Ex ante regulation of digital gatekeepers: Which institutional mechanisms?

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Over the past few weeks, I have authored several blog posts (see here, here and here) on the Commission’s anticipated proposal for a Digital Markets Act, which would apparently comprise two pillars, i.e. ex ante regulation for so-called  “digital gatekeepers” and the New Competition Tool. My posts shared some thoughts on the first of these pillars, focusing on the scope of the upcoming ex ante regulation (examining in particular the notion of “digital gatekeeper” since it seems that the new rules would apply to a small subset of platforms holding gatekeeping positions), as well as the content of such regulation (discussing the blacklist, greylist and whitelist the Commission is apparently working on).

In this blog post, I would like to talk about the type of institutional mechanisms that should be part of ex ante regulation. Such mechanisms are important for several reasons.

First, while I regularly hear people saying that the criteria to be adopted to identify digital gatekeepers and the prohibitions that will be contained in the blacklist should be sufficiently precise to be self-executing, I don’t think that when it comes to regulatory matters there is such a thing as “self-execution”. While adopting clear and objective criteria to identify digital gatekeepers is certainly desirable, these criteria will need to be applied by a regulatory body responsible for designating the gatekeepers that will be subject to ex ante regulation. No platform will indeed volunteer to be regulated. Similarly, even if the blacklist contained a simple rule whereby digital gatekeepers cannot engage in self-preferencing, such rule would need to be applied in the specific circumstances of the case; it might not be clear whether a particular practice of a digital gatekeeper amounts to self-preferencing or whether it does but is justified by some objective consideration. Thus, ex ante regulation will remain lettre morte unless proper institutional mechanisms are designed and set up to implement and enforce the rules and principles it contains.

Second, I believe that the rules and principles contained in ex ante regulation should not be static as digital markets are fast evolving and online platforms can change their behaviour extremely quickly in response to technological and market changes, but also to regulation. This is why institutional mechanisms are needed not only to implement and enforce the new rules, but also to adapt them when needed through, for instance, some form of delegated powers. Having to revise the Digital Markets Act to keep up with firms or markets developments would make the new rules obsolete within a short period of time.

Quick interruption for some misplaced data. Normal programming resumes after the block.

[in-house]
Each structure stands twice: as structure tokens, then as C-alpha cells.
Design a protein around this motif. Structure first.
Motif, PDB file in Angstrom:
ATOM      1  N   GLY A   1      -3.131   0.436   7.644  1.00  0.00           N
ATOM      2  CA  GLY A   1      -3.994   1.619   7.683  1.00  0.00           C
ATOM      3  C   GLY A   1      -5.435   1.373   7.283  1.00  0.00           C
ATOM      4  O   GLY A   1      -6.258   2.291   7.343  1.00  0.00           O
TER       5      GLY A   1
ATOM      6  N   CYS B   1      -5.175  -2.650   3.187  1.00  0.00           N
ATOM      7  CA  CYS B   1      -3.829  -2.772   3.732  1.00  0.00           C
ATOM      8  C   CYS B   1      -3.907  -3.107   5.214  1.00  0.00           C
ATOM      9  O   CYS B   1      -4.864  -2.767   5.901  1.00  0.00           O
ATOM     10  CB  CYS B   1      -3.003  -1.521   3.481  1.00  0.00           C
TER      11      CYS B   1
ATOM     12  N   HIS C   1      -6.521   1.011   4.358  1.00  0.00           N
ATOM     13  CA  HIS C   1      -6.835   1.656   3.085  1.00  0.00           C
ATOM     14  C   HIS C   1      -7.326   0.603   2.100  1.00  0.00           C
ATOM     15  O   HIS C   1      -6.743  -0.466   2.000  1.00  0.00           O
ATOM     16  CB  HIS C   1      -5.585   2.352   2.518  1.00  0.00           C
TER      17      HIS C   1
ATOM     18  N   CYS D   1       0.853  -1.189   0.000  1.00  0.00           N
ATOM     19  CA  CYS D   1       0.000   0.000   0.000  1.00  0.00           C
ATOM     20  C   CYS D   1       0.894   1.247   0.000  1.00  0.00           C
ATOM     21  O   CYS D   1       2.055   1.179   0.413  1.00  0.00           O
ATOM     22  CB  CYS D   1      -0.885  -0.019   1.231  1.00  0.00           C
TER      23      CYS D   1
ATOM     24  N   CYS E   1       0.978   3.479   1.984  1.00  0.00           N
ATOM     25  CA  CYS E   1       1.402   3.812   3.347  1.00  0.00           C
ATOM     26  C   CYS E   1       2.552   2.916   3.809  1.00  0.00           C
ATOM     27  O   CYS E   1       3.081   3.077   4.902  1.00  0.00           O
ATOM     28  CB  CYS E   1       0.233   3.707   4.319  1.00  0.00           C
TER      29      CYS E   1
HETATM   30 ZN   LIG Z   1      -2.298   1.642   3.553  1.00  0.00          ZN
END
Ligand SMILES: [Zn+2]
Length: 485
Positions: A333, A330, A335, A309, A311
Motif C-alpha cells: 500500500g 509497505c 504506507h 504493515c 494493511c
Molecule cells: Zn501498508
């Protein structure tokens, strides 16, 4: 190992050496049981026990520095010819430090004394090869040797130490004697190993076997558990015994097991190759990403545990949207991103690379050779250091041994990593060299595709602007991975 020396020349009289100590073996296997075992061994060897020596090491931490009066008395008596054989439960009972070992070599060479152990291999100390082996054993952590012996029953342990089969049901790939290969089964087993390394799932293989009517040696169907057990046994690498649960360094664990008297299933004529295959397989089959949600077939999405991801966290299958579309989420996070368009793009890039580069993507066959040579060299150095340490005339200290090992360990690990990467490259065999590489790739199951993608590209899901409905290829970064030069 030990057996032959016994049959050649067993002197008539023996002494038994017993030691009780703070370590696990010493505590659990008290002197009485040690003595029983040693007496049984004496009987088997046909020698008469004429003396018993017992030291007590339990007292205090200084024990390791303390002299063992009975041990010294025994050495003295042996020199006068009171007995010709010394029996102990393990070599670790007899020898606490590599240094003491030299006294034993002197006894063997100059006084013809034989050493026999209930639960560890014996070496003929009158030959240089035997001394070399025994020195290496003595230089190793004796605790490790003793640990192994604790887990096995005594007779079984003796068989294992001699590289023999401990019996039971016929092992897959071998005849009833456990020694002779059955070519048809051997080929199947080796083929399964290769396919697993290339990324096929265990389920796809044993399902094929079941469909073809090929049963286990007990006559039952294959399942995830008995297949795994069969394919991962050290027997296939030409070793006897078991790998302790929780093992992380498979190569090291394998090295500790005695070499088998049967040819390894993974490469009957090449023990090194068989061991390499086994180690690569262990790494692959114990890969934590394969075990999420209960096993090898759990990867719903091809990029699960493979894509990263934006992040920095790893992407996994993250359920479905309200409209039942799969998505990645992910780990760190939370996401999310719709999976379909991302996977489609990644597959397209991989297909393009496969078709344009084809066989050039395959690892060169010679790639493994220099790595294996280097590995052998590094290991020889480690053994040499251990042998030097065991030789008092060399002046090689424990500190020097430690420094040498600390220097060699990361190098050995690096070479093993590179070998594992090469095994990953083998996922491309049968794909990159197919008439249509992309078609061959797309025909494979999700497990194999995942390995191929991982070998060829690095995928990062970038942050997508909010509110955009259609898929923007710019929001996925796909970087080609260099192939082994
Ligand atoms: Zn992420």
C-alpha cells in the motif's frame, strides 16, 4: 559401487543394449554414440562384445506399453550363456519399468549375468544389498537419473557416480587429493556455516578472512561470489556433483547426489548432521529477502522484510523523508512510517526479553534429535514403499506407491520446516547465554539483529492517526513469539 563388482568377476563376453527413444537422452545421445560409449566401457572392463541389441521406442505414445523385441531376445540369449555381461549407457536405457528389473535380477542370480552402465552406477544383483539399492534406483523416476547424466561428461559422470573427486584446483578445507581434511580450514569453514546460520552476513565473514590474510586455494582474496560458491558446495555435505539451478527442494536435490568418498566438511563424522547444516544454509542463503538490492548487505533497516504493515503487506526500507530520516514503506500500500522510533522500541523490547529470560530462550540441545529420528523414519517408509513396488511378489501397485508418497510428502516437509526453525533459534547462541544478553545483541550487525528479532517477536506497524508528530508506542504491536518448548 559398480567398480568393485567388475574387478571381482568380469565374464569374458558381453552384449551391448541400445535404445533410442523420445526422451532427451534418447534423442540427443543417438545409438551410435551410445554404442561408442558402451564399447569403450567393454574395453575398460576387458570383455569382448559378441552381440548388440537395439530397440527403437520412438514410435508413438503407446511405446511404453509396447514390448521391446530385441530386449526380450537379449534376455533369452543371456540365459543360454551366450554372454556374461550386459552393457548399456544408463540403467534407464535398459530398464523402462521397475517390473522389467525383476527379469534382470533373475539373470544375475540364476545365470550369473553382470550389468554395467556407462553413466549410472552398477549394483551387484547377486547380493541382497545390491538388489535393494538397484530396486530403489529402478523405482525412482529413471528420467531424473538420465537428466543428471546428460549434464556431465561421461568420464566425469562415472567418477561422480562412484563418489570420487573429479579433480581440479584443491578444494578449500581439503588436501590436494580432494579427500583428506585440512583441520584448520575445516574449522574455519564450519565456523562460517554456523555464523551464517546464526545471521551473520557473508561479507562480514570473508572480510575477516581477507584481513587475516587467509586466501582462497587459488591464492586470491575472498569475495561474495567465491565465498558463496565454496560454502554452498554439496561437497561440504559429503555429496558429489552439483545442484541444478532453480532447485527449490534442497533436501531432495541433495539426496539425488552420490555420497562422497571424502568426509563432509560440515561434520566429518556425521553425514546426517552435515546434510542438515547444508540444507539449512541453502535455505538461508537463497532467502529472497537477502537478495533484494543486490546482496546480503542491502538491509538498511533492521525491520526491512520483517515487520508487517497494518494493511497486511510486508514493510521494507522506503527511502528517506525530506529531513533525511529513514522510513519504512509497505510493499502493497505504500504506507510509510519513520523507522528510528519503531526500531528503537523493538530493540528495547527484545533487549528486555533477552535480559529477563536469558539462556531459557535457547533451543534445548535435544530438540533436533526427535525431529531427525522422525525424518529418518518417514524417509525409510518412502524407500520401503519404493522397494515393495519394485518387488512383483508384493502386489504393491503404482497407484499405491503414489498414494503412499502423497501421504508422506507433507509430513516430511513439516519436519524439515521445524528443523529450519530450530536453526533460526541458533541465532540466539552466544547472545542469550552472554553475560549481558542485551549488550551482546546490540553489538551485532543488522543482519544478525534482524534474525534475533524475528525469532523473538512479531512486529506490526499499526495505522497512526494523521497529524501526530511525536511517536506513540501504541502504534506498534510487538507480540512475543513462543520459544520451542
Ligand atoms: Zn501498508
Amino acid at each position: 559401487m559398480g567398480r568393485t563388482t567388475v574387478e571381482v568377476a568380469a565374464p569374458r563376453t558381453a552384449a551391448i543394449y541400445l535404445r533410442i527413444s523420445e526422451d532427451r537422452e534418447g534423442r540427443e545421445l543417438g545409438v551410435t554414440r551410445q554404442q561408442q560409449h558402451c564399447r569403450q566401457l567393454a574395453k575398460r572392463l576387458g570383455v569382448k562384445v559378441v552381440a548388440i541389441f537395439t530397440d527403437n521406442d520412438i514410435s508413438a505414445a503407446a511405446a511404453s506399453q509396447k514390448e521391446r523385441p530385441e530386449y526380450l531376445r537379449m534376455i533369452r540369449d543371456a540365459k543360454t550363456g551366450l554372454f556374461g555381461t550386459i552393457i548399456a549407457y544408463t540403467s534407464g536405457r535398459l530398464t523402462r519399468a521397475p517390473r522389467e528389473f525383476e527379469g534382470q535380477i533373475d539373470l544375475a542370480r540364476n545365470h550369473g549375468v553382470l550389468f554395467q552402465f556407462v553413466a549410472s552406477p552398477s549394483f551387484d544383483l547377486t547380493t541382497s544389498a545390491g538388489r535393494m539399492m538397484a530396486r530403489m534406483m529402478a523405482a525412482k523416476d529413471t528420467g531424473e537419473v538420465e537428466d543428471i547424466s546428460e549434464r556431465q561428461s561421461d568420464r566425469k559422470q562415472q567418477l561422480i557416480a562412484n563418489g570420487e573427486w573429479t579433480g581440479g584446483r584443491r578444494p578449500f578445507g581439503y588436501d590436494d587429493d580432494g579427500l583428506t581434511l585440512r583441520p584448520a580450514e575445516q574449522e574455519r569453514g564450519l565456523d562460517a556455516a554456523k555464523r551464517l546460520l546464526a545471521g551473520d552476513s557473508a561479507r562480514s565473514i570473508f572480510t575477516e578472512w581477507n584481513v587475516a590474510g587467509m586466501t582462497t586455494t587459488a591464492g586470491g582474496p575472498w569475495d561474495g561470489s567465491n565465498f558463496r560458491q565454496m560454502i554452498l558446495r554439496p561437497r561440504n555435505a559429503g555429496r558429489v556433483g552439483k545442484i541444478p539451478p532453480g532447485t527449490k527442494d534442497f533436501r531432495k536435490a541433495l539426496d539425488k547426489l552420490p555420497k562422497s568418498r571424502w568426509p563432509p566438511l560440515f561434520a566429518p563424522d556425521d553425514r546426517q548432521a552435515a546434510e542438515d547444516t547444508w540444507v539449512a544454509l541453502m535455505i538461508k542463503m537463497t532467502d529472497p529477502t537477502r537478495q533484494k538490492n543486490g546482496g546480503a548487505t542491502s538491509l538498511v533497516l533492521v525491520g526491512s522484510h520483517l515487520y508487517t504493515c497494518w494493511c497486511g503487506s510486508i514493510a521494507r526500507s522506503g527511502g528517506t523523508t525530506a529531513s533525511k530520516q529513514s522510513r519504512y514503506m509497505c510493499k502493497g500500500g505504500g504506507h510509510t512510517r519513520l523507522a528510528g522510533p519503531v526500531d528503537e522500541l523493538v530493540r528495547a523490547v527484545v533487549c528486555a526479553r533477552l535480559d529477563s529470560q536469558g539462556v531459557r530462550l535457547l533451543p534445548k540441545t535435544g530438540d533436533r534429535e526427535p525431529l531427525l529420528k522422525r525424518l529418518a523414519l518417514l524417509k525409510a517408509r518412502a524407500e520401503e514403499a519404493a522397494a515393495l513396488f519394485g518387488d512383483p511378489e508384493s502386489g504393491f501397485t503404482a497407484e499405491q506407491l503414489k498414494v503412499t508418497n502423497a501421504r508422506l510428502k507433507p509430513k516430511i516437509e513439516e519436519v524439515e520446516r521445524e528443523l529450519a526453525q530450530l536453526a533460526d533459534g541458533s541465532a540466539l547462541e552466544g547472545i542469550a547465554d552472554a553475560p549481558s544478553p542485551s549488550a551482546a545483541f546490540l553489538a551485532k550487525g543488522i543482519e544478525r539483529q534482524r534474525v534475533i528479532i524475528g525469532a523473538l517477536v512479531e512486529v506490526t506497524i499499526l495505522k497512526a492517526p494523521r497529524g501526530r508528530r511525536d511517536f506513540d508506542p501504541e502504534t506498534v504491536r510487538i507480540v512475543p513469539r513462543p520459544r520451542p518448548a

The question is how such institutional mechanisms should look like. Do we, for instance, need to create a new EU Digital regulator? This would be a bad idea for several reasons. First, this would delay the implementation and enforcement of ex ante regulation for many months or years as you don’t create a brand new European agency overnight, and in any event the more frugal Member States may have little appetite for such an approach. Second, the competences required for regulating digital gatekeepers are to some extent already available within the Commission. Thus, I would suggest the creation of a Digital Gatekeeper Taskforce or Unit that would be in charge of implementing and enforcing the ex ante rules, and perhaps responsible for updating them in line with market developments. This Digital Gatekeeper Taskforce or Unit could for instance draw resources from DG Competition and DG Connect (as well as possibly other directorates), which have complementary expertise. For instance, DG Competition has unparalleled enforcement expertise, while DG Connect has the policy expertise that would be necessary to ensure that the regulatory framework remains effective and up-to-date, and purses the right objectives. This collaborative approach could also ensure that that the two pillars comprising the Digital Markets Act, i.e. ex ante regulation and the NCT, operate in a synergistic fashion. I also believe that the institutional mechanisms in place should be primarily located at the EU level, if only to ensure consistency across the internal market. Whether national regulators should have a role to play, for instance, at the enforcement level (that is, after a company has been already designated as a digital gatekeeper by the EU regulator) is a good question on which opinions may vary. But core activities described above should be at EU level.

Now, one thing is clear: the resources that will be needed to ensure the effectiveness of the ex ante regulatory framework will be large – in fact much larger than what most probably anticipate – for several reasons. First, the implementation and enforcement of this framework will raise a wide variety of complex and novel issues that have never been addressed in the past. Second, companies that are (wary of being) designated as digital gatekeepers will deploy vast legal, technical and lobbying resources to oppose the implementation/enforcement of rules that are adverse to their economic interests. While this problem of asymmetry of resources is already present in competition investigations (and has an impact on their timeframe), it will take a whole dimension in this new regulatory space. Third, one cannot expect these companies to happily accept adverse regulatory findings. They will “kick the can down the road” for years using every possibility of appeal. Hence, if the Commission and the other bodies of the European Union are serious about ex ante regulation, they will have to deploy significant additional resources.

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